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Imagery Of Appearance and Reality in Macbeth

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Imagery Of Appearance and Reality in Macbeth The theme of Appearance and Reality has been discussed already, e.g. we have mentioned that the play is at least partly based on the ides of deception. Examples of imagery here include Lady Macbeth's advice to Macbeth, "look like the innocent flower, But be the serpent under't" (Act I,Sc.v) and Macbeth's words, "False face must hide what the false heart doth know." In Act III,Sc.ii, Macbeth tells Lady Macbeth that they are, "Unsafe the while that we Must have our honours in these flattering streams, And make our faces wizards to our hearts, Disguising what they are." In Act I,Sc.iii, when he has been told that he is now Thane of Cawdor, he comments, "nothing is but what is not." After the murder of Duncan, Malcolm whispers to Donalbain, "To show as unfelt sorrow is an office Which the false man does easy." (Act II,Sc.iii) In the following scene Ross tells the Old Man of the strange upset in Nature, "...by the clock 'tis day And yet dark night strangles the travelling lamp (i.e. the sun)." In the Ghost scene (Act III,Sc.iv) Lady Macbeth points out to Macbeth that this Ghost (which she cannot see) is the "very painting of your fear" and "O, these flaws and starts" are just "Impostors of true fear." In Act IV,Sc.iii Malcolm observes to MacDuff, "Angels are bright still, though the brightest fell." He is pointing out that, although people may appear to be virtuous, they may in reality be vicious. Shadow Imagery When he hears of the death of Lady Macbeth, (Act V,Sc.vi), Macbeth uses the image of the shadow to describe life. A shadow is an imitation of reality and he possibly means that he has been cheated by a life that promised so much. These are just a few examples of this imagery which is often associated with dramatic irony. ...read more.


light and darkness imagery, sleep imagery. Like all the other imagery it is a live part of the play. Plant Imagery A feature of Nature imagery is the regular use of the plant image. In Act I,Sc.iii, Banquo asks the Witches to "look into the seeds of time, And say which grain will grow and which will not." In the following scene, Duncan tells Macbeth, "I have begun to plant thee, and will labour To make thee full of growing". The planting is a failure as in Act V,Sc.ii, Lennox refers to Macbeth and his followers as 'weeds'. In Act I,Sc.v, Lady Macbeth tells Macbeth to "look like the innocent flower, But be the serpent under't". In Act III,Sc.i, Banquo, reflecting on the Witches' predictions, considers that he may be the "root and father Of many kings". In Act V,Sc.iv Malcolm orders every soldier to "hew him down the bough And bear't down before him". The branches from Birnam Wood explain the equivocal prophecy of the Apparitions and perhaps symbolise nature's victory over the unnatural - the murders of Duncan, Banquo, Lady Macduff and her family,and the Grooms. In the final scene of the play Malcolm uses his father's planting imagery to signify a new start for Scotland. In Act II,Sc.iii, Lennox tells of the 'unruly' night and the dreadful storm on the night of Duncan's murder, and in Act II,Sc.iv, Ross and the Old Man speak of the unnatural happenings of the night. Perhaps these incidents symbolise Nature's protest at the murder of a lawful King. Perhaps the Doctor's words in Act V,Sc.i bear this out, "...unnatural deeds Do breed unnatural troubles." To describe his disillustionment Macbeth uses Nature imagery, "...my way of life Is fallen into the sere, the yellow leaf;" You should note, too, that there are many examples of animal and bird imagery in the play e.g. the Captain, to show Macbeth's and Banquo's bravery, compares them to eagles and the lion. ...read more.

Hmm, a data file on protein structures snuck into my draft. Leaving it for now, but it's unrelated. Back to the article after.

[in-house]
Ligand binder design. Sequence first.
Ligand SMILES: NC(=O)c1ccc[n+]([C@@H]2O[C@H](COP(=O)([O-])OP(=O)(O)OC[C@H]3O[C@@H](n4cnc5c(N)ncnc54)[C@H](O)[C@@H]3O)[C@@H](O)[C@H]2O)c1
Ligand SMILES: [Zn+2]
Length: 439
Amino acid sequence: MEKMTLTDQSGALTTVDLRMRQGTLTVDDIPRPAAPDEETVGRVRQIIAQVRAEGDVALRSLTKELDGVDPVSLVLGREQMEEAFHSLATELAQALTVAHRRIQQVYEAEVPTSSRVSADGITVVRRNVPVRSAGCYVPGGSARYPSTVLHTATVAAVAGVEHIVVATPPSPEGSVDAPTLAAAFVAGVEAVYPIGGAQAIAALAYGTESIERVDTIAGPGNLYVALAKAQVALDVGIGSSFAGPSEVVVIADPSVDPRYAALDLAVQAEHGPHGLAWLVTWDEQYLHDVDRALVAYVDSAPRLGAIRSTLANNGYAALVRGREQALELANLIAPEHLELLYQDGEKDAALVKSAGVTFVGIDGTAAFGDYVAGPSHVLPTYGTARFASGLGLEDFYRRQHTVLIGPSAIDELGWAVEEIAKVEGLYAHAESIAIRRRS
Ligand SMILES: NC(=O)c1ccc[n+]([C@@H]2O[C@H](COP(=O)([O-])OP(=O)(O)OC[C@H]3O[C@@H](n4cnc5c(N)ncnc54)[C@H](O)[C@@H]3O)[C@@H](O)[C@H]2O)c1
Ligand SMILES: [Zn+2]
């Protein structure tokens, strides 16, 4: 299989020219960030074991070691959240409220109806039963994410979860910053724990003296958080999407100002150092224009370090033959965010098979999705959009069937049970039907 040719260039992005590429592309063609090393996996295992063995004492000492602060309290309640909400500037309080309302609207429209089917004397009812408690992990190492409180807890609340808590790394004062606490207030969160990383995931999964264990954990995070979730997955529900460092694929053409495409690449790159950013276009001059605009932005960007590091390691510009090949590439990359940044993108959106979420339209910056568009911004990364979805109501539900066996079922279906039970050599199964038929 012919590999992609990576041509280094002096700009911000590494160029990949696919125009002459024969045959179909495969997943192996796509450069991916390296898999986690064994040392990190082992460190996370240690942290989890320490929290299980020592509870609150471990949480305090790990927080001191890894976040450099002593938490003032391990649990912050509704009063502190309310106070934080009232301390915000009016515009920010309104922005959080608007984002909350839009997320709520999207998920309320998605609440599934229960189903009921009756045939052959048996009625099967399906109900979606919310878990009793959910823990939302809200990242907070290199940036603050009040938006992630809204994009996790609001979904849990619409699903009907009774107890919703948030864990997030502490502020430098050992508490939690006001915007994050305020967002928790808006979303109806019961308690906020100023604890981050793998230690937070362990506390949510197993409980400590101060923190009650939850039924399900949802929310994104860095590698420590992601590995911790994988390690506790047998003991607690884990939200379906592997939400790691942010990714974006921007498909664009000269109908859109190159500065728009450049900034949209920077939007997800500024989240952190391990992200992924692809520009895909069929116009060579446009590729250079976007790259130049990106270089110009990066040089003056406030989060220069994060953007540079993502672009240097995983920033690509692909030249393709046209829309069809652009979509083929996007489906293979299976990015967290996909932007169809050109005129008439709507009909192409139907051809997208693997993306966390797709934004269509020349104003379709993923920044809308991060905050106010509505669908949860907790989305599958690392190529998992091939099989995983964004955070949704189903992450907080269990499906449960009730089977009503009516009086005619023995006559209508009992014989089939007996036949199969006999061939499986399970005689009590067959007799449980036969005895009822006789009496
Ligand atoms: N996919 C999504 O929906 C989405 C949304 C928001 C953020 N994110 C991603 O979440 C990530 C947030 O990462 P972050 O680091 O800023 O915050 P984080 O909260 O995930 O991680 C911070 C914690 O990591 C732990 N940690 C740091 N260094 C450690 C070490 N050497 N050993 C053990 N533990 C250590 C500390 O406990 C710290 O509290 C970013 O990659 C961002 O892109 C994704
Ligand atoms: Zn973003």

Neptune is God of water, so here Macbeth is saying all the water in the world could not wash the blood away. I think he was trying to wash away his crime and his guilt by getting rid of the blood, as this was just a visual reminder of the wrong he had done. He pretends to throw the blood stained water over the floor. A watery red light appears on the stage floor rippling with waves. Lady Macbeth appears back on stage with her hands out in front of her, her hands and clothing are soaked with blood (red ribbons). She holds her hands up to Macbeth�s face, he turns away from her. She starts to speak in an evil, cold, and angry voice "my hands are of your colour , but I shame to wear a heart so white." The knocking starts again. Lady Mabeth spins around in a sudden panic, "I hear knocking!" Lady Macbeth says the rest of her speech in the same quick startled tone. This is the only time in the scene where LM shows her nerves. Macbeth in complete hysteria with tears running down his cheeks "Wake Duncan with your knocking, I would thou couldst!" At this point M�s weakness is most apparent, at this point I feel that he would be ready to confess all. Lady Macbeth and Macbeth exit stage right. Lady Macbeth now calm again, strides off confidently. Macbeth crawls off on his hands and knees. This shows the difference between Macbeth and Lady Macbeth, Macbeth is remorseful, guilt ridden and hysterical with disbelief. Lady Macbeth on the other hand is confident, calm, excited, and seems completely unfazed by the fact that she has helped murder her king. Her power over him is enormous, and makes you wonder whether Macbeth was in a trance to even be able to comprehend killing his king let alone actually doing it. At the end of the scene the lights suddenly go out the theatre is pitch black. Props � A bench � A bucket and well � Red ribbons � A fake black cat ...read more.

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